• Embracing…employees with a simple interface – and process - for people to submit ‘change’ ideas
  • Best practice 1: Make ONE person responsible for the community
    • Have one key contact point to coordinate all community activities, vendor relations, dissemination/use of feedback
    • No investment means no return
    • Have the right measurements in place that gauge success
      • Number of conversations, number of posts, frequency of visits
      • Work through your ROI model BEFORE
  • Social Media Strategist: Internal Leader
    • The community strategist who organizes internal resources and supports the program
    • This experienced business manager:
      • Able to maneuver within the organization
      • Leans on relationships with many business teams
      • Manages the business program
      • Leads the internal charge
      • Develops the objectives and obtain resources
      • Creates policy, deals with internal stakeholders, and provides ongoing reports to management.
    Ed Terpening VP, Social Media, Wells Fargo
  • Community Manager: Member Champion
    • The community manager or moderator who interacts with members.
    • As a primary advocate of the community, the community manager:
      • Balances the needs of the community with corporate objectives.
      • Is a customer advocate,
      • Is a brand evangelist
      • May create editorial content
      • Harvests customer needs for market intelligence
    • Skills
      • possess strong online communication skills, be approachable and conversational, and have the ability to relate to the members, including in person
    Lionel Menchca Digital Media Manager Dell Computers
  • Best practice 2: Create clear lines of responsability and processes
    • Nearly every department is impacted:
      • Marketing
      • Product teams
      • Account teams
      • Support
      • Client teams
    • Setup mock simulations using internal versions of the tools
    • Develop internal guidelines
    • Create a rapid response team
  • Best practice 3: Select the right group
    • Envision how the community will interact once it’s active
    • Leverage your key personas, if they are available
    • Define the initial link that ties the community together
    • Recruit the members from specific sources
      • Existing social networking sites
      • Media sites
      • Panels
      • Company CRM system
  • Remember the needs of the community and prepare to participate
    • Succeed depends on interests of members first
    • Valuable Content is defined by what’s valuable to the community — which means most traditional advertising and marketing materials don’t count.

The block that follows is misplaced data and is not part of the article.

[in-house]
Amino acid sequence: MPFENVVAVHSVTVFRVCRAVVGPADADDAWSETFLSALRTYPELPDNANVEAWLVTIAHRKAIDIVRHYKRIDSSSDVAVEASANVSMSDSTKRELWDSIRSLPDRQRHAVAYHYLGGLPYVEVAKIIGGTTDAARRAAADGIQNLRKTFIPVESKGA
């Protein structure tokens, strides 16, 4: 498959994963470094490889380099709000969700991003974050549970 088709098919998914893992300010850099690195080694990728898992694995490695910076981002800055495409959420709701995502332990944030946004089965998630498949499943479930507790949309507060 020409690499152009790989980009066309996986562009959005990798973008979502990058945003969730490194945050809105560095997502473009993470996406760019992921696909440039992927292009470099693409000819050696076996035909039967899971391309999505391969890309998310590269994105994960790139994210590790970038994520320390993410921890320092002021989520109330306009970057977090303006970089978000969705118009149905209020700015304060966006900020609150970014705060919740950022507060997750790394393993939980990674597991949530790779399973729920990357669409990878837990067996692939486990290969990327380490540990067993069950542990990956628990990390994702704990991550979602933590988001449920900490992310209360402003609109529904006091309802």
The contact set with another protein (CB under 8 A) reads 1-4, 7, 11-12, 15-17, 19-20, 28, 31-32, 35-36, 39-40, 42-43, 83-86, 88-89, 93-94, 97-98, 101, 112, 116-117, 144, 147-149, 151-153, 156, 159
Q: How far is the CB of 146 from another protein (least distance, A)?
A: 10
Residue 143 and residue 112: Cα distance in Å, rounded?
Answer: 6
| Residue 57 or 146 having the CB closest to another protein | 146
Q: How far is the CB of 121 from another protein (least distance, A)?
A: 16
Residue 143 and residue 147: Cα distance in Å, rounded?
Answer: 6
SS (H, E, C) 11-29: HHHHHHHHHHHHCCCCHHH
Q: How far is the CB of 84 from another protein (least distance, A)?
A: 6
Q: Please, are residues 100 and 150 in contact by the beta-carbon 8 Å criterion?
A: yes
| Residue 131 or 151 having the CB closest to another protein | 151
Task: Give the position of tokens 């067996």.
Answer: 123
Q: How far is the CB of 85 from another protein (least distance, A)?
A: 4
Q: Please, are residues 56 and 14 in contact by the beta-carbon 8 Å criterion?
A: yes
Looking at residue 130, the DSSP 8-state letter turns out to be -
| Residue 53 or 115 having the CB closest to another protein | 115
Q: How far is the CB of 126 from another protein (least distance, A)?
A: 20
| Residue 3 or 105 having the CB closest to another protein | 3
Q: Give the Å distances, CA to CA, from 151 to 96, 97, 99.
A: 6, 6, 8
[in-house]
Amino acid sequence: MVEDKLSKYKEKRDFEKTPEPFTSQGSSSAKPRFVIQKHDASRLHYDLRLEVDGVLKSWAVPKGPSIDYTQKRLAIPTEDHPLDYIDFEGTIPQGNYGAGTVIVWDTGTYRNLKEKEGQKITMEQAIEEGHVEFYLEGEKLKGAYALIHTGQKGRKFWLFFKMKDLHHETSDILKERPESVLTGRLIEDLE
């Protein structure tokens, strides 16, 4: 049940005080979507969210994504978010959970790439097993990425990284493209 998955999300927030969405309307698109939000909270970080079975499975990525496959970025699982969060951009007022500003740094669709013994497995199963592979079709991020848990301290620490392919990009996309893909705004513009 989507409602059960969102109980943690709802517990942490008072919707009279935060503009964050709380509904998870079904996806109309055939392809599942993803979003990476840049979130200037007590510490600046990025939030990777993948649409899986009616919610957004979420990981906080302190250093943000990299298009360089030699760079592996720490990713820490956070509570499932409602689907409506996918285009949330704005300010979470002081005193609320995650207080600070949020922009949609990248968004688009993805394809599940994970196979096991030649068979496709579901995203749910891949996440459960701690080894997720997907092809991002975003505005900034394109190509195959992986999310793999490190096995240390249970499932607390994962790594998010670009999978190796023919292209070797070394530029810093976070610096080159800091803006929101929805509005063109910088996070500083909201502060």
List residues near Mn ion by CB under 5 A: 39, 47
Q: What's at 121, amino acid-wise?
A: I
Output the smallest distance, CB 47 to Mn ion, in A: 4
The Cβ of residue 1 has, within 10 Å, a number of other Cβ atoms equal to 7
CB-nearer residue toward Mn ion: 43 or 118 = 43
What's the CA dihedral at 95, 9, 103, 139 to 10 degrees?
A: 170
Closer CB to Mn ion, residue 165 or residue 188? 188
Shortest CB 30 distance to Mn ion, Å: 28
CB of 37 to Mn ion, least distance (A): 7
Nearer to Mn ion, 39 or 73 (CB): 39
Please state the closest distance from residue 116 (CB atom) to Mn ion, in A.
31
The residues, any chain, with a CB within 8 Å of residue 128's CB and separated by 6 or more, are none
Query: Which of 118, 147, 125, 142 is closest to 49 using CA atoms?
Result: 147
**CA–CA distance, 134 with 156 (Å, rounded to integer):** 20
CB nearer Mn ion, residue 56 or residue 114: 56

• Help docs
      • Behind-the-scenes videos
      • Sneak previews
  • Best practice 4: Facilitate the community
    • Communities don’t develop naturally
      • They need to feel they are getting something out of the community in order to participate
    • Have a specific purpose for the community
      • Communities that are created without a specific object go nowhere
    • Designate additional “community gardeners” who encourage good growth and pull out the “weeds”
  •  
  • Best practice 5: Act on community feedback quickly
    • Acknowledge negative comments
    • Give feedback to the community on what’s being done
      • Make sure your organization can act
    • Best practice: The company anticipates feedback it will receive and has the resources in place to take immediate action
    • Best practice: Communicate back to the community what the company is doing to follow-up on the feedback
  • Agenda
    • How are European consumers adopting social computing and in particular social networks?
    • How are companies positioning themselves in this space?
    • What are the opportunities and evolutions?
  • Influence will become highly valuable Lifetime (or financial) value Social value Ambassadors Influencers Core buyers Misers + + - -
  • What will be important for social networks
    • Marketers will pay to reach and influence valuable
    • Each person will have their own “personal CPM”*
    • Social networks will compete to have the best experience for high-influence individuals
    * From Marian Salzman, JWT
  • Evolution of open platforms Walled garden services Portal aggregators 1993 1999 2003 2008-9 2013 Search freedom Data portability Ubiquitous social networks
  • Social Media is here to stay…
    • It’s part of young consumer’s lives
      • What they do might change, but the idea of social media sticks
    • 5-10 years: Ubiquitous social networks
      • Open technology
      • Shared identities
      • Information flow
      • Advertising embraces social influence
  • Thank you Mary Beth Kemp mbkemp@ forrester.com + 33 (0)1 47 58 93 22 www.forrester.com
  • Een initiatief van: Met medewerking van: Programma 08.30 Ontvangst & registratie 09.30 Opening dagvoorzitter 09.45 Keynote speaker: Mary Beth Kemp 10.45 Keynote speaker: Frans van der Reep 11.45 Coffee break 12.00 Recruitment Track Marketing Track Geert-Jan Waasdorp Sander Dullaart 12.45 Lunch break & Speed date 14.00 Recruitment Track Marketing Track Bas van de Haterd David Nieborg 14.45 Marco van Hurne Pascal Spelier 15.30 Tea break 15.45 Panel discussion